It seems logical that one perfect chair design would meet human needs--holding a person 18 inches off the ground seems pretty straightforward--but people use chairs not only to sit on, but as symbols, as decoration. Like spoons, there are millions of different kinds of chairs, stools, thrones, settees, etc. The variety serves both physical, ergonomic needs and emotional, psychonomic ones. A smart design is more than clever styling. It's a rare blend of beauty and utility that touches users both physically and emotionally. It's an idea that improves our lives by satisfying a real need.
There are plenty of really great adjustable task chairs that are just fine for working at a computer, as well as wonderful recliners in which to sit back and watch TV. A new design for a chair for viewing an online magazine, therefore, will be more innovative in its psychonomic style than its ergonomic engineering.
It seems obvious that the future will bring advances in computer-monitor technology. It is conceivable that some day, there will be some hi-tech smart film that feels and looks like paper--but which chameleon-like, will electronically transform its surface to reproduce a page that would look just like a regular magazine's. Or, visualize a projected hologram of a realtime 3-D animation of a virtual magazine that you "hold" in your smart-gloved hands, whose "pages" you flip through, words flying around the little dancing pictures! Less futuristic systems like virtual-reality glasses or flat-screened laptop tablets complicate the need for a special chair, because you can take them anywhere--you can sit on the toilet wearing your virtual-reality glasses, or on a mountain top with your tablet. Although we believe it would be smart to improve the reading experience by creating a piece of electronic hardware that makes the magazine interface itself more accessible, we were asked to approach the issue from the opposite end--to design the ideal chair for reading an online magazine. Our design is based on the assumption that the user will be looking at a regular cathode-ray image rather than at some hyped-up daydream display. Old-fashioned as it may seem, we decided to concentrate on today's technology and to make the chair an integral part of the viewing system.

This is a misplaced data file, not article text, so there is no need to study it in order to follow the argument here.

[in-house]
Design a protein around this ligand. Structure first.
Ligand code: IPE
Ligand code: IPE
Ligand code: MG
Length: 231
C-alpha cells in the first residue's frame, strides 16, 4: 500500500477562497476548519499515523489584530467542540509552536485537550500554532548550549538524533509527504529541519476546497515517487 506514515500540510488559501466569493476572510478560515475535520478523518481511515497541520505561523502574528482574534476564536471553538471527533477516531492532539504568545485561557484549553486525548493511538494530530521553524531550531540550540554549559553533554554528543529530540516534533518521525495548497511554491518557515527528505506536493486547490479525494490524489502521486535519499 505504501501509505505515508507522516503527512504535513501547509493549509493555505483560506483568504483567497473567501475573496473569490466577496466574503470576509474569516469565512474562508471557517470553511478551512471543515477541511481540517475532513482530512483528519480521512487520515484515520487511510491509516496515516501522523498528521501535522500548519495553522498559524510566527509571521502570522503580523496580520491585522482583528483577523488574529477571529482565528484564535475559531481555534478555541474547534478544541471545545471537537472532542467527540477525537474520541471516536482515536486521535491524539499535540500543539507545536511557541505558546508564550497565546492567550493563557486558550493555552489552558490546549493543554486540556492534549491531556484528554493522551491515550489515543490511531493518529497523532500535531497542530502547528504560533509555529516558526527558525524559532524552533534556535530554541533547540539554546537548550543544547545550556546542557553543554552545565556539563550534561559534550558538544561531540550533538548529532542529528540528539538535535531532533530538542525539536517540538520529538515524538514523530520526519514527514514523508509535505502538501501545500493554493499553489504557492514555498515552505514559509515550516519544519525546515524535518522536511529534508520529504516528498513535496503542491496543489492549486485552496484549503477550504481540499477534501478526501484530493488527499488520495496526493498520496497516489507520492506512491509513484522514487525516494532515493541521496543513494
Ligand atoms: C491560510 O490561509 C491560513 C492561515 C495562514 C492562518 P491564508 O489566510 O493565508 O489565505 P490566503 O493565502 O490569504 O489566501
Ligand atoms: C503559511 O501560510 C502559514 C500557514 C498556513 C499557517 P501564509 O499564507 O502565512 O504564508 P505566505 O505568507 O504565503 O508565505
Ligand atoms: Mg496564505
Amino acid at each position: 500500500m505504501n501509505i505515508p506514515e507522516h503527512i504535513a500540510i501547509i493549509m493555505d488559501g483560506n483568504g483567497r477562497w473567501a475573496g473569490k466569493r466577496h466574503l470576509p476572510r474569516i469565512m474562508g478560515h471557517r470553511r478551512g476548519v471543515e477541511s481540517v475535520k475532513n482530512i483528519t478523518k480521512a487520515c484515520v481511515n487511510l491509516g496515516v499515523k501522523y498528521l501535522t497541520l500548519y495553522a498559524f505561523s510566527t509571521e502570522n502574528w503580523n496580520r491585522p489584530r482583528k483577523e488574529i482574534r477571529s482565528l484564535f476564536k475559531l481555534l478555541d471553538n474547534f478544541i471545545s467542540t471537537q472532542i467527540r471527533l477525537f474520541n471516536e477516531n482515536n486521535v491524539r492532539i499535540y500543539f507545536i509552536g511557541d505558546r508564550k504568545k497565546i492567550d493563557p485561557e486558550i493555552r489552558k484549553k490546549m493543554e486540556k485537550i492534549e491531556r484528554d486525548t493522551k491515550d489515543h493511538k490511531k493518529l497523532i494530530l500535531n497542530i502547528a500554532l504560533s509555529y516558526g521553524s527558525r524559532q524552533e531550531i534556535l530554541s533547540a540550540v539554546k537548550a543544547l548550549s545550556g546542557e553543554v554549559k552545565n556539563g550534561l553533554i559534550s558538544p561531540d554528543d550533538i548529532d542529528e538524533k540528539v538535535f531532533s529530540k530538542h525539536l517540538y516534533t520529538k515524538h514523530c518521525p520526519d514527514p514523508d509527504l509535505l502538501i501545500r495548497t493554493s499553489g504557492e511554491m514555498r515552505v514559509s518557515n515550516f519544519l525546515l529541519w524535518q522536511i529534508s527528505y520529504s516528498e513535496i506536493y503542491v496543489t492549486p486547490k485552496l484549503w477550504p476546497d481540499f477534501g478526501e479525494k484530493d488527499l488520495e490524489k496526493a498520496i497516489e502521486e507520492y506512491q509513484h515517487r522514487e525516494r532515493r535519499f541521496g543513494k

Our chair is a total environment--a full-body boogie board for electronic surfing. Inside the flexible, rubberized-membrane eggshell, the traveler lies back on a self-conforming foam body chair. The exterior nubs allow the egg to rock without tipping. Inside, the surface is smooth, the visual images are projected from recessed LCD video projectors, and the sound is piped through flush integral speaker audio ports. Mouse and keyboard fit like a glove. A large ventilator port cools the interior with fresh air. The cup holders are better than a minivan's.
The goal is to create an environment for an out-of-body flight through the Net. It's a spaceship for virtual travel. It could look like an ordinary library reading room--but as the White Rabbit told Alice, "Feed your head."
Tucker Viemeister, industrial designer, is vice president of Smart Design Inc. in New York City. Called "Industrial Design's Elder Wunderkind" when he was included in America's hottest 40 by ID magazine, Viemeister lectures and teaches around the world. Smart Design Inc.'s most successful projects include the widely acclaimed Oxo "Good Grips" universal kitchen tools; the psychonomic "Reach Wonder Grip," America's best-selling children's toothbrush; the ergonomic "Home Phones" for Cicena; a breakthrough coffee maker for Cuisinart; the wacky Joe Boxer watches for Timex; and lots of other comfortable, practical, profitable, and fun stuff!